Browse Entomology Stories - Page 21

426 results found for Entomology
Periodical cicadas have striking red, wide-set eyes. In spring 2017, Brood VI cicadas are set to emerge in north Georgia mountains. CAES News
17-year Cicadas
What has large, red eyes, translucent wings and an undulating, 7-kilohertz chirp that sounds like the background music to a horror movie? Georgians can find the answer over the next few weeks by traveling north into the state’s mountains to witness the emergence of the latest brood of 17-year periodical cicadas.
Georgia's Southern Piedmont grape farmers are finding success with hybrid varieties popularized in Texas wine country, like these Lenoir grapes grown in Haralson County. CAES News
Georgia's Grape Industry
Georgia’s grape industry, once dormant, is now thriving, according to Phillip Brannen, University of Georgia Cooperative Extension fruit plant pathologist. Growing potential for prosperity in the wine industry will require that farmers stay vigilant about certain diseases, like Pierce’s disease, that could negatively impact production.
Students in the University of Georgia College of Agricultural and Environmental Sciences Department of Horticulture's "Protected and Controlled Environment Horticulture" class, Candance Young and Donna Nevalainen, harvest vegetables from their high tunnel in December 2016. CAES News
Organic Ag Bootcamp
The University of Georgia’s organic agriculture faculty members are hosting a two-day crash course in organic certification and sustainable growing practices April 22-23 in Athens, Georgia.
Pesticide use is critical in controlling pests like thrips, whiteflies, aphids and beet armyworms. CAES News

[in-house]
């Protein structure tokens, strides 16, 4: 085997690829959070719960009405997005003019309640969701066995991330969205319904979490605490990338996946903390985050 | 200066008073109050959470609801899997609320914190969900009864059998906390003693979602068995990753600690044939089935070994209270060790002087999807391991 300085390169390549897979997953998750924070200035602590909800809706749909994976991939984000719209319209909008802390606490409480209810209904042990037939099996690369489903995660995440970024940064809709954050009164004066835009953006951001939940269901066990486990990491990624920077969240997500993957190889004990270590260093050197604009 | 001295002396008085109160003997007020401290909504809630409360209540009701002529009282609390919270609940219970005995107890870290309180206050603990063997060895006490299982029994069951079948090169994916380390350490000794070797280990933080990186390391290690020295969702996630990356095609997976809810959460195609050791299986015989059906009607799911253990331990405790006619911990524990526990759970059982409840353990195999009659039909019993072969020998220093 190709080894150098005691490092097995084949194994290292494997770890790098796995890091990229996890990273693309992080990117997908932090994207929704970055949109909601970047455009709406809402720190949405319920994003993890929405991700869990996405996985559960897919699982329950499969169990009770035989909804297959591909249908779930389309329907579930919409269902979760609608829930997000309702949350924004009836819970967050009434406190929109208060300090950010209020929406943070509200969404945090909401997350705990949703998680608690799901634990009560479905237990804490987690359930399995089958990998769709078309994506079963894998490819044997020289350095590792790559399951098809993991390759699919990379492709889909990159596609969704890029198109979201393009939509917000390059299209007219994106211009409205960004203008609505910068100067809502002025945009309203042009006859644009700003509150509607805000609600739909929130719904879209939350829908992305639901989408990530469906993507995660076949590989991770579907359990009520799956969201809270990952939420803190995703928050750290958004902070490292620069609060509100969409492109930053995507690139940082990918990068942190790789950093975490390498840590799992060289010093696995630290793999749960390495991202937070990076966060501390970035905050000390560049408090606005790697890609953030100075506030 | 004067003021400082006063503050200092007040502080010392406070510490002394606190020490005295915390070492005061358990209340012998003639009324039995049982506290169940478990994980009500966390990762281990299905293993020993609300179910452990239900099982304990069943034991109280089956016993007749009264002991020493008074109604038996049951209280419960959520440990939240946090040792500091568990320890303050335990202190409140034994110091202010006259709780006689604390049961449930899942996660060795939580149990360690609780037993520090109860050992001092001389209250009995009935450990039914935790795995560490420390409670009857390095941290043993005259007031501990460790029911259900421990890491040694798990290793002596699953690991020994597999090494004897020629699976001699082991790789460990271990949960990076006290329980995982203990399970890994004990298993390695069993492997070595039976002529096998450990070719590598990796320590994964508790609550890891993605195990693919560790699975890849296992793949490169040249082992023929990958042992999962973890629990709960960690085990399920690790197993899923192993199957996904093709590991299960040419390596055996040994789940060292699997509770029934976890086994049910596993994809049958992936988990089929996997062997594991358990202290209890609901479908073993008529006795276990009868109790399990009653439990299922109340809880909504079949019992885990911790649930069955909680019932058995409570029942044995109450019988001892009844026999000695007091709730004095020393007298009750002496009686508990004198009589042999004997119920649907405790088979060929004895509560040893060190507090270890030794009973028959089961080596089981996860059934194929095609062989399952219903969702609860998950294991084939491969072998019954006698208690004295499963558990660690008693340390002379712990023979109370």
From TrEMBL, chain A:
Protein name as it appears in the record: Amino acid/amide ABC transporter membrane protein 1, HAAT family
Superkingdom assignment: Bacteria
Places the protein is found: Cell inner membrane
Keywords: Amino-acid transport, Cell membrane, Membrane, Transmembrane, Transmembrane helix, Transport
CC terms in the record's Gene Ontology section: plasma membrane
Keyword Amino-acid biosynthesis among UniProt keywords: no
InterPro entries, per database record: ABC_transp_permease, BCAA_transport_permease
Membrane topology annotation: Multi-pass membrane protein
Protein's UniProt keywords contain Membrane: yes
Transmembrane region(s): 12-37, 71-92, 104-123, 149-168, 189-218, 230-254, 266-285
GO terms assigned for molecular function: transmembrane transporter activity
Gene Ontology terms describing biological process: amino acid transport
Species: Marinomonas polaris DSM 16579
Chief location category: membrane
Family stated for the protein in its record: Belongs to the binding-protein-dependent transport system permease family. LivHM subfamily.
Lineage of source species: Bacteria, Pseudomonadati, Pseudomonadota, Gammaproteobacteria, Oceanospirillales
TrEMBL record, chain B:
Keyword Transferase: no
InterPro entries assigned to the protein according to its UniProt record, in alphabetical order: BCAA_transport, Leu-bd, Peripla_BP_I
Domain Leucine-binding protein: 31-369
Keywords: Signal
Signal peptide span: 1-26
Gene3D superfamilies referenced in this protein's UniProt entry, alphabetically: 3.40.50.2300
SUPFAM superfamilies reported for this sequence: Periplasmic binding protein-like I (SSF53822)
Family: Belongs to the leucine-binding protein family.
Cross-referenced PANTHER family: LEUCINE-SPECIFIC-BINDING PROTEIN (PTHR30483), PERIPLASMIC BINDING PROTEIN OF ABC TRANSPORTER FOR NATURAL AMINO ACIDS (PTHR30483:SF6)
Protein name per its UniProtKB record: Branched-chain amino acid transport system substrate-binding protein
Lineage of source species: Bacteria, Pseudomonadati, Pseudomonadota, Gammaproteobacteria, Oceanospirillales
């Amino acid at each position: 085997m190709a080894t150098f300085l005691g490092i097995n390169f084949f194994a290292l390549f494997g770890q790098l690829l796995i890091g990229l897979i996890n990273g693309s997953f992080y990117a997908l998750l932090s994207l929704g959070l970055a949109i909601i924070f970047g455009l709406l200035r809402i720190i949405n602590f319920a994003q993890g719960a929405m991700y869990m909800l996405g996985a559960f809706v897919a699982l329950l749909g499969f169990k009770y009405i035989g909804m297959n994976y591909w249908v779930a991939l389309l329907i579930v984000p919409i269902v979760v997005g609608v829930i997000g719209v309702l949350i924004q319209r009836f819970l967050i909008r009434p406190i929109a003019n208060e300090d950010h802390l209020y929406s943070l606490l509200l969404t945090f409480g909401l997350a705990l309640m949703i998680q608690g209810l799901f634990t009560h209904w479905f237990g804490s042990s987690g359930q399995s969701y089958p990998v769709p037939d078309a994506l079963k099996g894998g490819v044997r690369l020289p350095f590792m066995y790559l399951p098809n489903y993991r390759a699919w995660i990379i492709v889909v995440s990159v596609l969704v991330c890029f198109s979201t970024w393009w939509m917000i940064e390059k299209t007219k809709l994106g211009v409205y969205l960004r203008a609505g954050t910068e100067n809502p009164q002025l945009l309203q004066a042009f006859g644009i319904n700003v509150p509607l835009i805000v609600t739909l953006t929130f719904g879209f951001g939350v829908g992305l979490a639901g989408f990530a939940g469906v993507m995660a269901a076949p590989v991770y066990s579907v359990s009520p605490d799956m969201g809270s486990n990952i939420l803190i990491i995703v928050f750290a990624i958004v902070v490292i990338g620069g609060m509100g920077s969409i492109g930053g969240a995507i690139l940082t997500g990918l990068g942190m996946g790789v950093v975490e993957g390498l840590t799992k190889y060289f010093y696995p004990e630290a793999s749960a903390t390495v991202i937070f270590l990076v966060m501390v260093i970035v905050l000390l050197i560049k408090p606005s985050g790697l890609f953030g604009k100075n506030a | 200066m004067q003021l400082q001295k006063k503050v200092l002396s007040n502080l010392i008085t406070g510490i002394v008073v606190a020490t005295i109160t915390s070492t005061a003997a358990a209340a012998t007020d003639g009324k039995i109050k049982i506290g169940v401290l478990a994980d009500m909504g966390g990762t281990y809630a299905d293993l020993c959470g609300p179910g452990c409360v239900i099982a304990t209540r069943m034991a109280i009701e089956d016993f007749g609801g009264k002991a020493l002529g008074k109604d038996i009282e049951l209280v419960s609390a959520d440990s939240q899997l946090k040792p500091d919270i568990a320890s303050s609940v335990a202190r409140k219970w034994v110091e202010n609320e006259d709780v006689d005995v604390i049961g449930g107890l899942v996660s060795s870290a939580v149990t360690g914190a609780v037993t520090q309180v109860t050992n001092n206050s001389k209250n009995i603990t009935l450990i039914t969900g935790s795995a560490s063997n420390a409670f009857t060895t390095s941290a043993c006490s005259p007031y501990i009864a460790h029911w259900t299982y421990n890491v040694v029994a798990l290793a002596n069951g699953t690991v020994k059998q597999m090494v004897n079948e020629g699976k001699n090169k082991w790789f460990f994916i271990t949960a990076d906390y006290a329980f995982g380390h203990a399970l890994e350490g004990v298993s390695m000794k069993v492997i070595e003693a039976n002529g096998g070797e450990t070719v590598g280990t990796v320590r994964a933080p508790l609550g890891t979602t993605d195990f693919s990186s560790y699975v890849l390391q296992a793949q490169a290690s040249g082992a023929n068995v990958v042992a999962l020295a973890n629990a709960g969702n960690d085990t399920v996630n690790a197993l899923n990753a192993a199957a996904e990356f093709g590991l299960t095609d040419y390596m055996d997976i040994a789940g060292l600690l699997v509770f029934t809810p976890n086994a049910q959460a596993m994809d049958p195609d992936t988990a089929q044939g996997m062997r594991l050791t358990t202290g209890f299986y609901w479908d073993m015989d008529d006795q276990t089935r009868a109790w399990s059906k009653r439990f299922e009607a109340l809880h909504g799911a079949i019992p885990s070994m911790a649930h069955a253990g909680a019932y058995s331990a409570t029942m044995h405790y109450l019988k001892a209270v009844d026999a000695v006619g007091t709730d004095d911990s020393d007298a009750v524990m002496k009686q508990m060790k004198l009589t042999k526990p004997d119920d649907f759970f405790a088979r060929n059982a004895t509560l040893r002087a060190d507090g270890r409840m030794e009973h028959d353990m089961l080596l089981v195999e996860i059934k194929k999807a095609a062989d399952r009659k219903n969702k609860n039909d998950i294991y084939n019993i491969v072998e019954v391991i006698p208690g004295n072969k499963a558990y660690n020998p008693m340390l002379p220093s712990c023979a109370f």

Drift complaints
As a result of two years of aggressive training to improve on-target agricultural pesticide applications, the number of pesticide drift complaints received by University of Georgia Cooperative Extension has gone down 65 percent, according to UGA Extension weed specialist Stanley Culpepper.
Don't let fire ants ruin your afternoons. CAES News
Fire Ant Treatments
Nothing ruins a good cookout or run through the sprinklers like a mound of fire ants. With warmer weather around the corner, early spring is the time to tackle fire ant problems before they spoil summer fun.
Damage caused by cowpea curculio on Southern peas. CAES News
Black-eyed Peas
Black-eyed peas have long been a symbol of New Year’s luck in the American South, but black-eyed pea farmers aren’t feeling that fortunate this year.
Pictured is an adult whitefly feeding on a tomato leaf.
Picture taken by Saioa Legarrea/UGA. CAES News
Combating Whiteflies
Whitefly populations in south Georgia have exploded over the past several weeks, troubling vegetable producers during the fall growing season, according to University of Georgia horticulturist Tim Coolong.
All stages of fall armyworms, from tiny larvae to large caterpillars, live in a growth chamber on the University of Georgia campus in Griffin, Georgia. The worms are used to conduct research on how best to control the pest. CAES News
Worm Army
Georgia farmers are never surprised to see fall armyworms munching on their precious corn, sorghum and forage hay crops. They just hope for a low number of armyworms. This year’s population of the tiny destroyers, described as an “Armageddon-type outbreak” by University of Georgia entomologist David Buntin, is far from low.
As part of the LepNet project, Joe McHugh, professor of entomology at the UGA College of Agricultural and Environmental Sciences and curator of the arthropod collection at the Georgia Museum of Natural History, will help lead the effort to digitize millions of butterfly and moth specimens now locked away in museum collections across the nation. CAES News
Museum Collection Digitized
Locked in museums across the world, millions of insect specimens tell the story of the world’s climatic shifts, animals on the move and changing fauna.
University of Georgia Cooperative Extension turfgrass specialist Clint Waltz was among the UGA experts who presented their research findings at the Turfgrass Research Field Day on Thursday, Aug. 4. Waltz is shown explaining how commonly used products, like insect repellant, sunscreen, cooking oil and powdered Gatorade, can harm a turfgrass lawn. CAES News
Turfgrass Updates
More than 800 people braved the hot August temperatures for a firsthand glimpse of the latest research by University of Georgia scientists at the Turfgrass Research Field Day held Thursday, Aug. 4, on the UGA campus in Griffin, Georgia.